Assos beach guide Kefalonia
Assos is a small fishing village of almost unreal beauty that can stops a holidaymaker in his tracks.
It has no beach to speak of, just a few small tavernas perched around the quayside overlooking a small, enclosed bay. But this beautiful Greek hamlet oozes a perfectly placid charm,
Assos has long been touted as one of the most beautiful locations on Kefalonia.
The setting on the west coast is as spectacular as it is romantic with a horseshoe harbour of cobalt blue overlooked by a hilltop Venetian fortress. It has now been listed as a World Heritage Site.
Assos beach is 37 kilometres from the island capital at Argostoli and approached with an almost suicidal descent from the main west coast road to Fiscardo.
Despite the hairpin bends this is a favourite destination for day trip coaches although they must park outside the village. It's the same for cars and a car park has been built on the edge of Assos.
Assos village has about 100 permanent inhabitants and most of its building were spared in the 1953 earthquake. Not so say there hasn't been some modern building as the resort has expanded and, although most of it is sympathetic to the surroundings, a clutch of harbourside apartments may be a little kitsch for some tastes.
A huge rock promontory curves around to form a natural, shallow and sheltered harbour. As well as the shady waterfront tavernas, more have sprung up on the hillside. The beach is just a thin strip of shingle and sand beneath the harbour wall.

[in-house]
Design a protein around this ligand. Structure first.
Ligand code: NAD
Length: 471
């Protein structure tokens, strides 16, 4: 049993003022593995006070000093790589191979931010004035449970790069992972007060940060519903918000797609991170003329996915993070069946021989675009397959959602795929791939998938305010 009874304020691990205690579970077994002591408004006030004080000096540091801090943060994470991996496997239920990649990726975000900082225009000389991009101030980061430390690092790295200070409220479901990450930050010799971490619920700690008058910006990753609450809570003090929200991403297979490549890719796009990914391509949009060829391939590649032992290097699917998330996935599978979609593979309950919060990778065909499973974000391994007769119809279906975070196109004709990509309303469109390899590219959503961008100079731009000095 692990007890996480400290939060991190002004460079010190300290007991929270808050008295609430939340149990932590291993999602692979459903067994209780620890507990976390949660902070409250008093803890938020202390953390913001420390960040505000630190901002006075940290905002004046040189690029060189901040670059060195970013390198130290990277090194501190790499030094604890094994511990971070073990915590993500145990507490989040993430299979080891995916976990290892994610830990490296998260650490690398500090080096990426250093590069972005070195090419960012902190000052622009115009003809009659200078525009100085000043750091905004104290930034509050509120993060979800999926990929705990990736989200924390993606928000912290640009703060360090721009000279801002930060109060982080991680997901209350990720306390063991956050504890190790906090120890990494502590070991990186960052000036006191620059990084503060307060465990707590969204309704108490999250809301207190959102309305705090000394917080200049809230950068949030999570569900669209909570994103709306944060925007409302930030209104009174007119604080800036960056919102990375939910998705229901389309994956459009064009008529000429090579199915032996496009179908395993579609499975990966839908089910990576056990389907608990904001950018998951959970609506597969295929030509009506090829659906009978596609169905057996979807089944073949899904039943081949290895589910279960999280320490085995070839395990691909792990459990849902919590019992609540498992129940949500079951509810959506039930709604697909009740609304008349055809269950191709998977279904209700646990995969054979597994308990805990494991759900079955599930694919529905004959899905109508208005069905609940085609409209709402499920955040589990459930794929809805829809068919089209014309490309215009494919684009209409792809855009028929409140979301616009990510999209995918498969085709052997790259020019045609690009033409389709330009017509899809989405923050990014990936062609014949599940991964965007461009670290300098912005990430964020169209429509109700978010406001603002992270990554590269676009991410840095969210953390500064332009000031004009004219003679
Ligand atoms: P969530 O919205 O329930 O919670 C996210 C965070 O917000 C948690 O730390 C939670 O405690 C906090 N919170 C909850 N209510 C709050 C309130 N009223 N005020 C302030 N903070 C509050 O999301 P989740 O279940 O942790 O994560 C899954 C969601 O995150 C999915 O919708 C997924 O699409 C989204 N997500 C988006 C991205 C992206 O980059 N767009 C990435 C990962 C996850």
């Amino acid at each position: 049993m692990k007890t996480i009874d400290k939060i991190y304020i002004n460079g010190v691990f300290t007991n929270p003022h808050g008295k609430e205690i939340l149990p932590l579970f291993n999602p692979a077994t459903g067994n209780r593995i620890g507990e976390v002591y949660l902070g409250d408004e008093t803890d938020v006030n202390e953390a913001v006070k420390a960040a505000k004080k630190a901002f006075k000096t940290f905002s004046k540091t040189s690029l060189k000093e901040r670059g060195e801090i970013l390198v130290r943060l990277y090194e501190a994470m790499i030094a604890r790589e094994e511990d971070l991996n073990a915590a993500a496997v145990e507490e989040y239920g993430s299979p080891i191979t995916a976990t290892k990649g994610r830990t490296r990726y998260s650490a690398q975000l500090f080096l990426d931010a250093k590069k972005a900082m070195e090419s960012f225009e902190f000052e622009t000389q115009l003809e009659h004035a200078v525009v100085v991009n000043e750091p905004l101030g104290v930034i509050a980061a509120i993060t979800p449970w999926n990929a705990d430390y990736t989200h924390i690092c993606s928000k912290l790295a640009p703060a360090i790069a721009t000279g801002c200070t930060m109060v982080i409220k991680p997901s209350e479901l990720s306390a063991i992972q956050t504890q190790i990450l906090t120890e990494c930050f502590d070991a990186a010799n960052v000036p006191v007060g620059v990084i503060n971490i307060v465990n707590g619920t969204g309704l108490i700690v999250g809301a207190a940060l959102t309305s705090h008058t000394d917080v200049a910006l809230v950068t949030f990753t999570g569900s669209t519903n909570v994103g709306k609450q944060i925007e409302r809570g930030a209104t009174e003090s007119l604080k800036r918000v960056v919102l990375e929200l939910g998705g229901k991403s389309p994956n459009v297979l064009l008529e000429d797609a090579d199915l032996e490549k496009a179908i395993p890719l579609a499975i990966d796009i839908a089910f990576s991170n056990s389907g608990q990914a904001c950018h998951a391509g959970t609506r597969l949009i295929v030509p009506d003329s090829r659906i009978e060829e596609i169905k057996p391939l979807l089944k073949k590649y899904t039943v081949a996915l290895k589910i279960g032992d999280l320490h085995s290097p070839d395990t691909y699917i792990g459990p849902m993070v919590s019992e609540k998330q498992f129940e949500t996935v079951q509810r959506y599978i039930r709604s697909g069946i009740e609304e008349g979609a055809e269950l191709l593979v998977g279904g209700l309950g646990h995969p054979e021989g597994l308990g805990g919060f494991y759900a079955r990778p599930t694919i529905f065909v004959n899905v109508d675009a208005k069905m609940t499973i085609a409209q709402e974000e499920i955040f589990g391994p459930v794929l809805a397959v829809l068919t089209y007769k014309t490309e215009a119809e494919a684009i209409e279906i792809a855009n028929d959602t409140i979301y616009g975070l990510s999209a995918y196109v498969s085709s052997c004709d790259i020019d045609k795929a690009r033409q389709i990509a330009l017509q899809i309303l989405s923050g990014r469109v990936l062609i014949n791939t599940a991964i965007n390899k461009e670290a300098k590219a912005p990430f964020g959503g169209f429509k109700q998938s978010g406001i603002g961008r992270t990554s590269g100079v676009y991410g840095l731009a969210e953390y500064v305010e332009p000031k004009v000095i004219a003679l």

Assos has several tavernas and a mini-market Many of the back streets are cobbled and unlit, so you need a torch if you stay here.
There is little to do in Assos other than relax and unwind. There are no clubs or music bars other tourist trappings. It's enjoyed by those interested in walking and relaxing.
The Assos fortress, built in 1584, stands on the rock promontory overlooking the bay. Work started on a conference centre within the castle walls with EU funding but the future of this project is still uncertain.
A long and steep winding walk up a track gets you there . The church of the Virgin Mary in Plakoula is about half way up.
There is bus to Argostoli but it only runs once a week so car hire is essential. Boat hire is available and there is a taxi rank in Assos square, although you should ask in the mini-market for a driver.
Kefalonia is not just a holiday island of sea and sand, it also has some very impressive monasteries that are not only in delightful settings but also house some important relics.
The word 'stunning' is often overused in the world of travel writing. Very few vistas can be described as truly stunning, but the fortress at Assos is certainly a contender.
The Castle of St George or Agios Giorgios is one of the best known and most visited historic sites on the Greek holiday island of Kefalonia with panoramic views in all directions.
At Melissani Lake cave in Kefalonia light streams through an open roof to a shimmering blue lake of almost ethereal beauty. Melissani Lake is an astonishing sight at any time.